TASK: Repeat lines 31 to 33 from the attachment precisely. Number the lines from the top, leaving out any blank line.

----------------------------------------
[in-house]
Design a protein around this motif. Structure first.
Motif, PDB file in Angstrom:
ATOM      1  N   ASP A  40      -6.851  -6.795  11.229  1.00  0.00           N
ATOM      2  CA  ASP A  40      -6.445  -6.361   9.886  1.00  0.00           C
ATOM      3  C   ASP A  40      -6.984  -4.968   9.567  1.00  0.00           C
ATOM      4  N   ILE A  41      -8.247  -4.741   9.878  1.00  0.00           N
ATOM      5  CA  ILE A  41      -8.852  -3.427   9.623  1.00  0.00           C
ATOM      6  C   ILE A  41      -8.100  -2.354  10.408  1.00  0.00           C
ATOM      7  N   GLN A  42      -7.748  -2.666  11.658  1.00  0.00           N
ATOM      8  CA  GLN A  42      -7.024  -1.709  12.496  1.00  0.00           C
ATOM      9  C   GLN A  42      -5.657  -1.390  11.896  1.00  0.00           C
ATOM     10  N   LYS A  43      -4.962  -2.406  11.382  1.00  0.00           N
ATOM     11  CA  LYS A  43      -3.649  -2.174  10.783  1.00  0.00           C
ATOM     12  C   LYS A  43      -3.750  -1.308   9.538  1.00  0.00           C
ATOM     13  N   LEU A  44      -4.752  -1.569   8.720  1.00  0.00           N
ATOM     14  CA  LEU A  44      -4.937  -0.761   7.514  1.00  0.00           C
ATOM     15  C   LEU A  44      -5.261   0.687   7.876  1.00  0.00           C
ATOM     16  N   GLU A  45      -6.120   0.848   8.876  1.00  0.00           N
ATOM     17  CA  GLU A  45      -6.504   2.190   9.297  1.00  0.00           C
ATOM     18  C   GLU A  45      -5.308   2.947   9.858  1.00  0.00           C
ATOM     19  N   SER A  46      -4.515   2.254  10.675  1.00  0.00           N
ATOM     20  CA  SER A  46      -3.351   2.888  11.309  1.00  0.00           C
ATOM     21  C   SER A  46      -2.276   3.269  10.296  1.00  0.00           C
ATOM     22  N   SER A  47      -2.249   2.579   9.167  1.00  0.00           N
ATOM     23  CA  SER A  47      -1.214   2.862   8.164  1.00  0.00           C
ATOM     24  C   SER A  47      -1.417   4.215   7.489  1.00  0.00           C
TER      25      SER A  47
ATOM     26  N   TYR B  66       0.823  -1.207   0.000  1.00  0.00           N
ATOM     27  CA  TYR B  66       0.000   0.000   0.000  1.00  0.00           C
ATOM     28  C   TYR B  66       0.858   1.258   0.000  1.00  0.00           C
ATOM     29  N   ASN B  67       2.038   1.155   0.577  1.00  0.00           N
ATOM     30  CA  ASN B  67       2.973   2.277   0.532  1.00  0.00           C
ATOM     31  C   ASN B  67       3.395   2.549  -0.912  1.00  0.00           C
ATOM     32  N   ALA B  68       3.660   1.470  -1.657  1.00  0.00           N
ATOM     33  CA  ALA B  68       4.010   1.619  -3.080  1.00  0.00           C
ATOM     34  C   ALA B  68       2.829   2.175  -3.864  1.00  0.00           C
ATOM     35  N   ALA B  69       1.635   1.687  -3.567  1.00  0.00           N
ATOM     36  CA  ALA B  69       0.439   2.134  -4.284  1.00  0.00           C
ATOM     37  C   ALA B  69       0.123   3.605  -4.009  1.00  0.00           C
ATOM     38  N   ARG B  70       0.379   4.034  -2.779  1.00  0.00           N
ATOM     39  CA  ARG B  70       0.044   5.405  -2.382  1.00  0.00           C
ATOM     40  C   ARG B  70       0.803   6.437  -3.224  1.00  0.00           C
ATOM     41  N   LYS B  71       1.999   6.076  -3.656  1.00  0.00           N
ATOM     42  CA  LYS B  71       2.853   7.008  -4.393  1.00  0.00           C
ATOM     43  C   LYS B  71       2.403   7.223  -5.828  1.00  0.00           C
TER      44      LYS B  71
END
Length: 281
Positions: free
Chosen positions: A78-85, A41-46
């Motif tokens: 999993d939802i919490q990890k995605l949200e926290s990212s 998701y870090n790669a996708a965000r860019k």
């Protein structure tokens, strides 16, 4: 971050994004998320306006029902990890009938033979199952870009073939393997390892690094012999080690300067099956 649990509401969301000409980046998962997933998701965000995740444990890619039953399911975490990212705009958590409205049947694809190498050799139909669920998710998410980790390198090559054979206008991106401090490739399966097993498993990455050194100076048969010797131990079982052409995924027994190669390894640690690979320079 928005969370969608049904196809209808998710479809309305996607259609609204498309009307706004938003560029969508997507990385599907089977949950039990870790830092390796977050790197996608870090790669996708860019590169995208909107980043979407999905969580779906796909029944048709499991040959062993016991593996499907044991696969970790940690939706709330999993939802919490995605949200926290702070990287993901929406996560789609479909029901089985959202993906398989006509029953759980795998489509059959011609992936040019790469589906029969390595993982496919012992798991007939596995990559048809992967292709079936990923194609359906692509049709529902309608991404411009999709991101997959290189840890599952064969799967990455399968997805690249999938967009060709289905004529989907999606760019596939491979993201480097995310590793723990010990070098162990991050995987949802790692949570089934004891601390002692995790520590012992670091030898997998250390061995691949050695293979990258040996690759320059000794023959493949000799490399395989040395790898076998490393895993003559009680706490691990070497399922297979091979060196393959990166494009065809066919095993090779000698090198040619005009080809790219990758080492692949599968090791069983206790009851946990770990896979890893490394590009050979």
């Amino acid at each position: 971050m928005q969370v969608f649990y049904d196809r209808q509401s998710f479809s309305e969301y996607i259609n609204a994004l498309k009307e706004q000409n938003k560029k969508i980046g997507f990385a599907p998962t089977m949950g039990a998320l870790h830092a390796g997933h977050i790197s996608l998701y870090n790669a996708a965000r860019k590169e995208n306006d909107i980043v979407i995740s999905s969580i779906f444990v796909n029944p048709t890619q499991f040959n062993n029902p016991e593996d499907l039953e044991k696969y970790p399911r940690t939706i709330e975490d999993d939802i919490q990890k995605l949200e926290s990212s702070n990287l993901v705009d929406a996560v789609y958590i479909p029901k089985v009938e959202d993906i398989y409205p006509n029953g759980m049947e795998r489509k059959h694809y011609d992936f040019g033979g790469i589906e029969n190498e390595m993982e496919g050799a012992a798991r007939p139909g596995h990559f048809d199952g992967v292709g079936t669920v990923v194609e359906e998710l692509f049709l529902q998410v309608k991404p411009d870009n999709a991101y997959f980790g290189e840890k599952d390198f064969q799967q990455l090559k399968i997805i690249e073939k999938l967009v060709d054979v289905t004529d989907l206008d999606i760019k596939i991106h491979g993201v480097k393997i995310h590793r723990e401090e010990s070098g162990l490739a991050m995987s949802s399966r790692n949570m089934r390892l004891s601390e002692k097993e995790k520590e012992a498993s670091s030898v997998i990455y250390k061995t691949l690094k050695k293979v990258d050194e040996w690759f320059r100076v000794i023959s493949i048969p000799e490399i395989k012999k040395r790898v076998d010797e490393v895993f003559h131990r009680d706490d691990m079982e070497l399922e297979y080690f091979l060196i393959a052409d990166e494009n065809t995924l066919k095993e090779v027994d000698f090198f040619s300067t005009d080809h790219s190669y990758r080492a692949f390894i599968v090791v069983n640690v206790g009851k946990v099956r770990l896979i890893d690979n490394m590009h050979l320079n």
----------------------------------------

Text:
ATOM     28  C   TYR B  66       0.858   1.258   0.000  1.00  0.00           C
ATOM     29  N   ASN B  67       2.038   1.155   0.577  1.00  0.00           N
ATOM     30  CA  ASN B  67       2.973   2.277   0.532  1.00  0.00           C